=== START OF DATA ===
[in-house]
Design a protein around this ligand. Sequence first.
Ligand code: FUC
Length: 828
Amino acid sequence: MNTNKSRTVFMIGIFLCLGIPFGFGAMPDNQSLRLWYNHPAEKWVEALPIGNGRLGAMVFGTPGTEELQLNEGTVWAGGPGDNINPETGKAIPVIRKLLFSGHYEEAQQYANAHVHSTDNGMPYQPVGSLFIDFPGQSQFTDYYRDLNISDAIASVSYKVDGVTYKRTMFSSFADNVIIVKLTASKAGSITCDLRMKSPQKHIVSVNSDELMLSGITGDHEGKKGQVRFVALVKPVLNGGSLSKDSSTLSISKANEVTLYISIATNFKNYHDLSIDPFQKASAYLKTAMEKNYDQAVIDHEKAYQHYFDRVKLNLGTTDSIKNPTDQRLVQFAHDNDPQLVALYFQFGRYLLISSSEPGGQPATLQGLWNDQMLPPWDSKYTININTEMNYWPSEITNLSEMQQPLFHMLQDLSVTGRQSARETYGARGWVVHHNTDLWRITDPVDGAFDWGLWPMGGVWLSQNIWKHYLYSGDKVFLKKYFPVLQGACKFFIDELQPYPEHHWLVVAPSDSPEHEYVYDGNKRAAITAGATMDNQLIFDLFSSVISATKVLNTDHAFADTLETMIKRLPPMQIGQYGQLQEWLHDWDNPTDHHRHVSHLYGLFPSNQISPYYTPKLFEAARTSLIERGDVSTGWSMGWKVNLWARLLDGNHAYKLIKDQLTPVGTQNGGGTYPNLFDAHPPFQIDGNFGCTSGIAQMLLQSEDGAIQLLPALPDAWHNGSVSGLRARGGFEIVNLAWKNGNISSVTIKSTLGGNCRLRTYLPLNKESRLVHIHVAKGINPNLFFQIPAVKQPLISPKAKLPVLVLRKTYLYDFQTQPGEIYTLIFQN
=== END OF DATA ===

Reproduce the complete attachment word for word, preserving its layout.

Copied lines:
[in-house]
Design a protein around this ligand. Sequence first.
Ligand code: FUC
Length: 828
Amino acid sequence: MNTNKSRTVFMIGIFLCLGIPFGFGAMPDNQSLRLWYNHPAEKWVEALPIGNGRLGAMVFGTPGTEELQLNEGTVWAGGPGDNINPETGKAIPVIRKLLFSGHYEEAQQYANAHVHSTDNGMPYQPVGSLFIDFPGQSQFTDYYRDLNISDAIASVSYKVDGVTYKRTMFSSFADNVIIVKLTASKAGSITCDLRMKSPQKHIVSVNSDELMLSGITGDHEGKKGQVRFVALVKPVLNGGSLSKDSSTLSISKANEVTLYISIATNFKNYHDLSIDPFQKASAYLKTAMEKNYDQAVIDHEKAYQHYFDRVKLNLGTTDSIKNPTDQRLVQFAHDNDPQLVALYFQFGRYLLISSSEPGGQPATLQGLWNDQMLPPWDSKYTININTEMNYWPSEITNLSEMQQPLFHMLQDLSVTGRQSARETYGARGWVVHHNTDLWRITDPVDGAFDWGLWPMGGVWLSQNIWKHYLYSGDKVFLKKYFPVLQGACKFFIDELQPYPEHHWLVVAPSDSPEHEYVYDGNKRAAITAGATMDNQLIFDLFSSVISATKVLNTDHAFADTLETMIKRLPPMQIGQYGQLQEWLHDWDNPTDHHRHVSHLYGLFPSNQISPYYTPKLFEAARTSLIERGDVSTGWSMGWKVNLWARLLDGNHAYKLIKDQLTPVGTQNGGGTYPNLFDAHPPFQIDGNFGCTSGIAQMLLQSEDGAIQLLPALPDAWHNGSVSGLRARGGFEIVNLAWKNGNISSVTIKSTLGGNCRLRTYLPLNKESRLVHIHVAKGINPNLFFQIPAVKQPLISPKAKLPVLVLRKTYLYDFQTQPGEIYTLIFQN